London: Scientists in Britain have applied for permission to genetically modify human embryos as part of a research project that may shed light onto the earliest stages of human development and causes leading to miscarriage.
Kathy Niakan, a stem cell scientist at the Francis Crick Institute in London, has requested UK government's fertility regulator?for a licence to perform a so-called genome editing on human embryos.
The research could see the first genetically modified embryos in Britain created within months.
Donated by couples with a surplus after IVF treatment, the embryos would be used for basic research only.
They cannot legally be studied for more than two weeks or implanted into women to achieve a pregnancy.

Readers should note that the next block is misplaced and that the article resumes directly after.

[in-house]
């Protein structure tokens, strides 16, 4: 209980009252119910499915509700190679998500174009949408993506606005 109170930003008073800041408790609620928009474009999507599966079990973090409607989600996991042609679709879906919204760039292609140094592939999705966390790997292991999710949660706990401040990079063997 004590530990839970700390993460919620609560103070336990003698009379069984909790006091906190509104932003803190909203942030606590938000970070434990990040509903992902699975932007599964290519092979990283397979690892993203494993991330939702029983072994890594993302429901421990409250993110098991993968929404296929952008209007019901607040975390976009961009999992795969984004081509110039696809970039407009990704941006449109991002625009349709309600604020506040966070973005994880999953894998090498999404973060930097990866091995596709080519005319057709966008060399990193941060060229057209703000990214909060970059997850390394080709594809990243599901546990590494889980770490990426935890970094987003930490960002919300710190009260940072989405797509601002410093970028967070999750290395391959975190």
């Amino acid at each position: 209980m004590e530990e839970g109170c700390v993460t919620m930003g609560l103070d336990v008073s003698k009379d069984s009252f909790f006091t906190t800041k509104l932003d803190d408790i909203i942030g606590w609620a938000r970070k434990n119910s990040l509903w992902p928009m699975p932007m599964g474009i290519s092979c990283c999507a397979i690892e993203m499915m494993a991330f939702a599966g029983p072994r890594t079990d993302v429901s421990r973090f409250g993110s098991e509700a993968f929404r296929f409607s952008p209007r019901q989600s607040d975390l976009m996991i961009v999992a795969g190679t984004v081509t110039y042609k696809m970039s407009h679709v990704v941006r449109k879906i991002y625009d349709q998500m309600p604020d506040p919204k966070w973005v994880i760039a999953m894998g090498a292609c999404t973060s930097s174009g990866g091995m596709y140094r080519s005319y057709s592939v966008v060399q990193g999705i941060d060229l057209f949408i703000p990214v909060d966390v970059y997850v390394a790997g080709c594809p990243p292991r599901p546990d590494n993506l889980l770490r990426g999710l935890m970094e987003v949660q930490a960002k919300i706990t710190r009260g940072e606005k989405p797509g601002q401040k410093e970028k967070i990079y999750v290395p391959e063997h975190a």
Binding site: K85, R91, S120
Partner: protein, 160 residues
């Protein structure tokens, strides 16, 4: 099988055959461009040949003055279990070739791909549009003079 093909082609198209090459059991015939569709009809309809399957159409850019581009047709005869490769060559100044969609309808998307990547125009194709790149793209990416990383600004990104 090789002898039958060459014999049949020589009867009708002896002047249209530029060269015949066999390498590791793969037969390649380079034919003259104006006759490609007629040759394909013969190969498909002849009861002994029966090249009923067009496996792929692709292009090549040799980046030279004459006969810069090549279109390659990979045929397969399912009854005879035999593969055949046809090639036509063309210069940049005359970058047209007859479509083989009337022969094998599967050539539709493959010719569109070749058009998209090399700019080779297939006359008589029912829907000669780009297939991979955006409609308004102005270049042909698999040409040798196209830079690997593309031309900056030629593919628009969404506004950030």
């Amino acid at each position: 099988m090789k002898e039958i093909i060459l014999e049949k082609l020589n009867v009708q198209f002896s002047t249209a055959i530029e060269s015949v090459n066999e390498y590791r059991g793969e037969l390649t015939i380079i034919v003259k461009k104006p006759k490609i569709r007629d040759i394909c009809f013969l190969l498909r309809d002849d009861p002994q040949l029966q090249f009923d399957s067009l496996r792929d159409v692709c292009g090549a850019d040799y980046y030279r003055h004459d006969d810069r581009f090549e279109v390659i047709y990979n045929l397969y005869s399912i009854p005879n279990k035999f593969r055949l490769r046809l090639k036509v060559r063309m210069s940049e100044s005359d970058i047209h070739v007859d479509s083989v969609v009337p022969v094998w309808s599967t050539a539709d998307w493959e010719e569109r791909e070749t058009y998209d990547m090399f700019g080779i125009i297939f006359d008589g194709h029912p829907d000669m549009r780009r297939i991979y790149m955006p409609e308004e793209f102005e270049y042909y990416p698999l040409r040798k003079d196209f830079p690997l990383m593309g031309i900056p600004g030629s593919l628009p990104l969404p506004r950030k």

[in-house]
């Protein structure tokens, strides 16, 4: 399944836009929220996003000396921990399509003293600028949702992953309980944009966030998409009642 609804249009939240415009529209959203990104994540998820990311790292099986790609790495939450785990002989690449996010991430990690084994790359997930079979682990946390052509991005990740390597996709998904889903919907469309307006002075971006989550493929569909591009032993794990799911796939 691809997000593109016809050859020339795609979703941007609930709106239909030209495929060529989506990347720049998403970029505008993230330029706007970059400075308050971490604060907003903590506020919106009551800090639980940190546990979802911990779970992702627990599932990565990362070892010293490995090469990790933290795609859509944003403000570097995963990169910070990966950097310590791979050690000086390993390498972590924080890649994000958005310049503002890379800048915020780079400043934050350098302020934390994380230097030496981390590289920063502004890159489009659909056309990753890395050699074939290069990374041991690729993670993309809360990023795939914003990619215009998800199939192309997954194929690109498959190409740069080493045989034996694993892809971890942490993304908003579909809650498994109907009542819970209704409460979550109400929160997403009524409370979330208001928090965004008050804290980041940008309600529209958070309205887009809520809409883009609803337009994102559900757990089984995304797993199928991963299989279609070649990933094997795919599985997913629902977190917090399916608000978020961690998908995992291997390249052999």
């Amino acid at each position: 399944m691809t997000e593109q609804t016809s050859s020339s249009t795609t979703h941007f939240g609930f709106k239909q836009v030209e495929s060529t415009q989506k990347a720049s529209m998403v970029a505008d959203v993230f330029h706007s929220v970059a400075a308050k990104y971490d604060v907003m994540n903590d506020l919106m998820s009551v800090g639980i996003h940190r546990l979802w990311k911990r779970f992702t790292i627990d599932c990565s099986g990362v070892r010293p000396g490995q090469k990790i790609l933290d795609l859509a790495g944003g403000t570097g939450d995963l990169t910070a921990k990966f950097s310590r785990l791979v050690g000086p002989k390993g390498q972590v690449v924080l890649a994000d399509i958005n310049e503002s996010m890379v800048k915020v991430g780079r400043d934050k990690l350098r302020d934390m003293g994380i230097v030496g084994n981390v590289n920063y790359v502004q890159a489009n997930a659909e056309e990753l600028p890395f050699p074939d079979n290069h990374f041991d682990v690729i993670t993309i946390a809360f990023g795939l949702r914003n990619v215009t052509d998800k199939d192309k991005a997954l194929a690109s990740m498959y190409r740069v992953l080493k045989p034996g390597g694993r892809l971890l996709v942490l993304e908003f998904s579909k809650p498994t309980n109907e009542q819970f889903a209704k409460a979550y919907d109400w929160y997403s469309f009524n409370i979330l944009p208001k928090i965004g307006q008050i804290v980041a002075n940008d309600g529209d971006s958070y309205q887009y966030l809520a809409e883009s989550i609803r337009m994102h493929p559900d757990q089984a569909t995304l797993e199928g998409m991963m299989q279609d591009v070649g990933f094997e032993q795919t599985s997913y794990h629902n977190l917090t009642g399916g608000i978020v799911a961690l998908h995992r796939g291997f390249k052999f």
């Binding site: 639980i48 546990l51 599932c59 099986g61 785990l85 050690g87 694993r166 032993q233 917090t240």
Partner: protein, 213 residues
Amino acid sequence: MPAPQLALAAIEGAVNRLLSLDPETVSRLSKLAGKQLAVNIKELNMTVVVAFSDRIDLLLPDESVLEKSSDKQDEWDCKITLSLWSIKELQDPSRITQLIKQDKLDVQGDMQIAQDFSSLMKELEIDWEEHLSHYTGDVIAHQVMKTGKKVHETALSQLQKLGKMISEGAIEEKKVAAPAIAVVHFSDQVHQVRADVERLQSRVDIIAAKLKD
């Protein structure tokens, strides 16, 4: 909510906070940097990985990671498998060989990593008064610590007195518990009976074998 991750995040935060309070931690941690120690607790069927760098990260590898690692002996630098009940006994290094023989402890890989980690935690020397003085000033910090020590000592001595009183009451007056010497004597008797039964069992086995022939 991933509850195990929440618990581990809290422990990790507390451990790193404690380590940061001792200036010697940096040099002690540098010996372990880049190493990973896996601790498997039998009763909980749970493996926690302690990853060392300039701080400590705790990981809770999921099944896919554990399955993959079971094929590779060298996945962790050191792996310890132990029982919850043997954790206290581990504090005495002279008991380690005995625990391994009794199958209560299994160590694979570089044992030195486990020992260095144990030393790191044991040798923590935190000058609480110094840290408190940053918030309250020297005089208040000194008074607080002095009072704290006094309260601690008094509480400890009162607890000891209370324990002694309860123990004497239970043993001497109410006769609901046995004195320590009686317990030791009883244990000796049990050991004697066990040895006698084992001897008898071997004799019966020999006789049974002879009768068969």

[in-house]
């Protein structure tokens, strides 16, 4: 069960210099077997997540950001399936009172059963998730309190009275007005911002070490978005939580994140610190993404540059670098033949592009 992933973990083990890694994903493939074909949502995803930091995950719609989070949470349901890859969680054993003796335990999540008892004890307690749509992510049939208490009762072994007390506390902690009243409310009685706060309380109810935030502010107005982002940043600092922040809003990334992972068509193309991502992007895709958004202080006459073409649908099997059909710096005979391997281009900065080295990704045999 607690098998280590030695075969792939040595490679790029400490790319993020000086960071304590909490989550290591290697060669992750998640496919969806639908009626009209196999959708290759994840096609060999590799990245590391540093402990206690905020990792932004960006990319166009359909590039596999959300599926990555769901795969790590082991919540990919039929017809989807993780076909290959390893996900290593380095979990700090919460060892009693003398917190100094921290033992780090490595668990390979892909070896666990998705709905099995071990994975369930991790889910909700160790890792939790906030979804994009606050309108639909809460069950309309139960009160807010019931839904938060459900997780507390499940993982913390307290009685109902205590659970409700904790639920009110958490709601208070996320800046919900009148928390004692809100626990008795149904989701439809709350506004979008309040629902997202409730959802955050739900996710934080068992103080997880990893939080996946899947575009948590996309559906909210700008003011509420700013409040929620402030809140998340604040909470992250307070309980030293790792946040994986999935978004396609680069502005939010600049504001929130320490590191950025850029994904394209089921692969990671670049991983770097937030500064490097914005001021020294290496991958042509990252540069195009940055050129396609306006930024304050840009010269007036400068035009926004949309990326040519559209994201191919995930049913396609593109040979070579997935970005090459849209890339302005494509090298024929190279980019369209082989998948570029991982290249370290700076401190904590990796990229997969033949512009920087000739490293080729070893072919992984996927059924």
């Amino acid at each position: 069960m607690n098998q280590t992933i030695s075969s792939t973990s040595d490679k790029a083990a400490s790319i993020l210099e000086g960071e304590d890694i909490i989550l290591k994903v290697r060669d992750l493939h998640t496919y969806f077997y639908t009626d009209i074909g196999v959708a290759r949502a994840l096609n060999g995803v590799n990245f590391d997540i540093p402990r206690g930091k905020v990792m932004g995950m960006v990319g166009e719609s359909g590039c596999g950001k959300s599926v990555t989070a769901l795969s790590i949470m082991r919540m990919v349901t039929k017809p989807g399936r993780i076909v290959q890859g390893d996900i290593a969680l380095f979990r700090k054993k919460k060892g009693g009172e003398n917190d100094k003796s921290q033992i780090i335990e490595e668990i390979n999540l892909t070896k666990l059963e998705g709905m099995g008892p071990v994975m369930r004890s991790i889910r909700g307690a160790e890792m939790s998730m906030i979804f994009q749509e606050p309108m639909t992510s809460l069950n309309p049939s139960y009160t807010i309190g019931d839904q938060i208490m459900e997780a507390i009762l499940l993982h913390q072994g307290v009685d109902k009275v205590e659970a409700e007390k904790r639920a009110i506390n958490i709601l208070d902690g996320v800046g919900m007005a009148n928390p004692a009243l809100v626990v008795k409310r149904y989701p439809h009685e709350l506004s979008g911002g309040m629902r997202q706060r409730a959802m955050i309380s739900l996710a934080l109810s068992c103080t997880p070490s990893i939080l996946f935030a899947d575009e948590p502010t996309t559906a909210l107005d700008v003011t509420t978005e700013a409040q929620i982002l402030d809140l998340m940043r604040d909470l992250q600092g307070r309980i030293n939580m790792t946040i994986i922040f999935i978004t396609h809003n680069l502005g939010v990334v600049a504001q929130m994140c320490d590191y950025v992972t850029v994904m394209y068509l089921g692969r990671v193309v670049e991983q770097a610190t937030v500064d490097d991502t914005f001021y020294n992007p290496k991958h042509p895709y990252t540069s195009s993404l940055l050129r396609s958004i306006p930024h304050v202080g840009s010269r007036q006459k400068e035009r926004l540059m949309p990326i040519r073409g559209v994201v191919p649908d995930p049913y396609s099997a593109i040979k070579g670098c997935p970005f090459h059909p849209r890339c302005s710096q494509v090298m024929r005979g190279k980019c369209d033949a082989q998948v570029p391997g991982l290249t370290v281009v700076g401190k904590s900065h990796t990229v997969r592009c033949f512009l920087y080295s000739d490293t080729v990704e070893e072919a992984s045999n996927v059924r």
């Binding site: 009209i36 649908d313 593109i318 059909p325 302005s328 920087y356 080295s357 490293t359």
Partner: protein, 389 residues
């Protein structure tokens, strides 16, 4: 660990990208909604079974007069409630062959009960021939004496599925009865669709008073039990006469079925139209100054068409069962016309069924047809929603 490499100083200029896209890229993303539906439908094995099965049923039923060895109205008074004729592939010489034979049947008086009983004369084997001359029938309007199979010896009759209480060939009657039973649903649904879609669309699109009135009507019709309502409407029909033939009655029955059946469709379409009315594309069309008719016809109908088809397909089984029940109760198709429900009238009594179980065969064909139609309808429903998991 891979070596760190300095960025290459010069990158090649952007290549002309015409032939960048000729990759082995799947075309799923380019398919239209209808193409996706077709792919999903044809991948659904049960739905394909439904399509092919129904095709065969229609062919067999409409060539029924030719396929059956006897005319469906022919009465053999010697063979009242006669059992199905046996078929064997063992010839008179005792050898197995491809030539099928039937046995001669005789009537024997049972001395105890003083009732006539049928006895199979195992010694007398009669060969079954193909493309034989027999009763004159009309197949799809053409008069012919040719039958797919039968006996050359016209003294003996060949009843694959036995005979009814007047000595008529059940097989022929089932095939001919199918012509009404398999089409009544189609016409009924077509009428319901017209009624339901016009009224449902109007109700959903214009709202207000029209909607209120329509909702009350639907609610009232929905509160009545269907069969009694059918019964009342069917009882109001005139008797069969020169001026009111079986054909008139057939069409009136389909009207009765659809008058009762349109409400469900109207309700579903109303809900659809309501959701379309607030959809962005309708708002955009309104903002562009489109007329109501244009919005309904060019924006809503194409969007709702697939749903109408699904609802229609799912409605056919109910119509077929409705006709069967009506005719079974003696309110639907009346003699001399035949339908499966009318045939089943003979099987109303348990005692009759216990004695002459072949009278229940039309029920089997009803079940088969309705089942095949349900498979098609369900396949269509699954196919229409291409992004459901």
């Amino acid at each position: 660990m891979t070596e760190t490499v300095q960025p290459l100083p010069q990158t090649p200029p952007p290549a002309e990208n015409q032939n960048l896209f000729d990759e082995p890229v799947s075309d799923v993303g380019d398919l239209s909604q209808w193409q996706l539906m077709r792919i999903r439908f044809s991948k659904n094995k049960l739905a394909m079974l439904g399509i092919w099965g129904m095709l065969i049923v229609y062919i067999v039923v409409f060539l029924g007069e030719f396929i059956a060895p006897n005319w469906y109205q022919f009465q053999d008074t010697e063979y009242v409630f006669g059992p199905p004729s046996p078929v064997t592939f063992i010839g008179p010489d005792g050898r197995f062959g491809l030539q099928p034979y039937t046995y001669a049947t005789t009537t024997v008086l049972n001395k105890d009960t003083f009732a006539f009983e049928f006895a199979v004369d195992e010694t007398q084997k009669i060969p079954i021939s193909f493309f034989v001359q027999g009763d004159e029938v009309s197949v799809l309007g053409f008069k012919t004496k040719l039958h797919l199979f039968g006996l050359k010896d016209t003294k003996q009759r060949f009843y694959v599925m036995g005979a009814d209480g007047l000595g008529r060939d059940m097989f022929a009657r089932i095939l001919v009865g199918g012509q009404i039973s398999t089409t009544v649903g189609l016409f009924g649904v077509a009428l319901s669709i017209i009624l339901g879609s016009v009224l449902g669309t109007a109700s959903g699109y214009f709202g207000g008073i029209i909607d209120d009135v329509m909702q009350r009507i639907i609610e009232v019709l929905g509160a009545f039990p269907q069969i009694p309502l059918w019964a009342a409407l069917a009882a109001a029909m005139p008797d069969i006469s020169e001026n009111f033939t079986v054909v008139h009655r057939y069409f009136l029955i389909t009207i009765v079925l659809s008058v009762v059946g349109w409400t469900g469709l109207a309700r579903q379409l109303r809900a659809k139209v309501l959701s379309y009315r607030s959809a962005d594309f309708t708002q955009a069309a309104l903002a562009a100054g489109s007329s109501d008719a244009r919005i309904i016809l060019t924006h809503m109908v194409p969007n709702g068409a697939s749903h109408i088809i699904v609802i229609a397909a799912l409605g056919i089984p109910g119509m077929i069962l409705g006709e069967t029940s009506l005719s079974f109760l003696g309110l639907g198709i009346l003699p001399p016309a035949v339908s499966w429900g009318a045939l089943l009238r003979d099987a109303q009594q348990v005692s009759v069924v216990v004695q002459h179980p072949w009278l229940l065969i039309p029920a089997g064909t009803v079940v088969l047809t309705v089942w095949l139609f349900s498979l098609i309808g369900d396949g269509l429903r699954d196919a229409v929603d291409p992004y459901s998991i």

"The knowledge we acquire will be very important for understanding how a healthy human embryo develops, and this will inform our understanding of the causes of miscarriage. It is not a slippery slope [towards designer babies] because the UK has very tight regulation in this area," Niakan told the Guardian.
The Human Fertilisation and Embryology Authority (HFEA) has yet to review her application, but is expected to grant a licence under existing laws that permit experiments on embryos provided they are destroyed within 14 days.
In Britain, research on embryos can only go ahead under a licence from an HFEA panel that deems the experiments to be justified.